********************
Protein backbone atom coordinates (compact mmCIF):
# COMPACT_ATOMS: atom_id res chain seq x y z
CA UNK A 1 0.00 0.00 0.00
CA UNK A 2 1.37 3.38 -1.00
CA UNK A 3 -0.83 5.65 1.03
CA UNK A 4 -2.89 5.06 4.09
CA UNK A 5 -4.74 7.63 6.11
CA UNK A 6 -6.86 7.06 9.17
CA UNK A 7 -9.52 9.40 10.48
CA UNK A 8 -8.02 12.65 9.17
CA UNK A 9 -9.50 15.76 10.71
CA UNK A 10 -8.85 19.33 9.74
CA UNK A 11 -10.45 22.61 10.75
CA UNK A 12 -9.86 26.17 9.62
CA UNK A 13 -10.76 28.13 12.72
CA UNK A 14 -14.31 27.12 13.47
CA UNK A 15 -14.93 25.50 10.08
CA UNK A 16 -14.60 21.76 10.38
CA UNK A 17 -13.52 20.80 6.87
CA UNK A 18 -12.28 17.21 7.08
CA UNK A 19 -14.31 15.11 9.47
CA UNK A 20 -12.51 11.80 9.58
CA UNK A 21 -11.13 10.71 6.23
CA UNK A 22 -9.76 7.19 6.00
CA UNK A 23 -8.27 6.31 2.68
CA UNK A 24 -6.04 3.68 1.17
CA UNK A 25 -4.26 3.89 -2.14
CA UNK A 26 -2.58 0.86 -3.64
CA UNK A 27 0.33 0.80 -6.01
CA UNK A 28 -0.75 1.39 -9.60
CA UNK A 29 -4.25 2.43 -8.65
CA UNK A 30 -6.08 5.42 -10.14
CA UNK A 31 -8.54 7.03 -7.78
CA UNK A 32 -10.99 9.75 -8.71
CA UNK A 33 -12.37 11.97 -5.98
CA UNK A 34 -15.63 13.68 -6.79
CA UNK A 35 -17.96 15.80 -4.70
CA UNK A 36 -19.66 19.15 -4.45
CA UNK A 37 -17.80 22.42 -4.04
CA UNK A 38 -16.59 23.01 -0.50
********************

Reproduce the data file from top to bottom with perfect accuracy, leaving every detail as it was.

Protein backbone atom coordinates (compact mmCIF):
# COMPACT_ATOMS: atom_id res chain seq x y z
CA UNK A 1 0.00 0.00 0.00
CA UNK A 2 1.37 3.38 -1.00
CA UNK A 3 -0.83 5.65 1.03
CA UNK A 4 -2.89 5.06 4.09
CA UNK A 5 -4.74 7.63 6.11
CA UNK A 6 -6.86 7.06 9.17
CA UNK A 7 -9.52 9.40 10.48
CA UNK A 8 -8.02 12.65 9.17
CA UNK A 9 -9.50 15.76 10.71
CA UNK A 10 -8.85 19.33 9.74
CA UNK A 11 -10.45 22.61 10.75
CA UNK A 12 -9.86 26.17 9.62
CA UNK A 13 -10.76 28.13 12.72
CA UNK A 14 -14.31 27.12 13.47
CA UNK A 15 -14.93 25.50 10.08
CA UNK A 16 -14.60 21.76 10.38
CA UNK A 17 -13.52 20.80 6.87
CA UNK A 18 -12.28 17.21 7.08
CA UNK A 19 -14.31 15.11 9.47
CA UNK A 20 -12.51 11.80 9.58
CA UNK A 21 -11.13 10.71 6.23
CA UNK A 22 -9.76 7.19 6.00
CA UNK A 23 -8.27 6.31 2.68
CA UNK A 24 -6.04 3.68 1.17
CA UNK A 25 -4.26 3.89 -2.14
CA UNK A 26 -2.58 0.86 -3.64
CA UNK A 27 0.33 0.80 -6.01
CA UNK A 28 -0.75 1.39 -9.60
CA UNK A 29 -4.25 2.43 -8.65
CA UNK A 30 -6.08 5.42 -10.14
CA UNK A 31 -8.54 7.03 -7.78
CA UNK A 32 -10.99 9.75 -8.71
CA UNK A 33 -12.37 11.97 -5.98
CA UNK A 34 -15.63 13.68 -6.79
CA UNK A 35 -17.96 15.80 -4.70
CA UNK A 36 -19.66 19.15 -4.45
CA UNK A 37 -17.80 22.42 -4.04
CA UNK A 38 -16.59 23.01 -0.50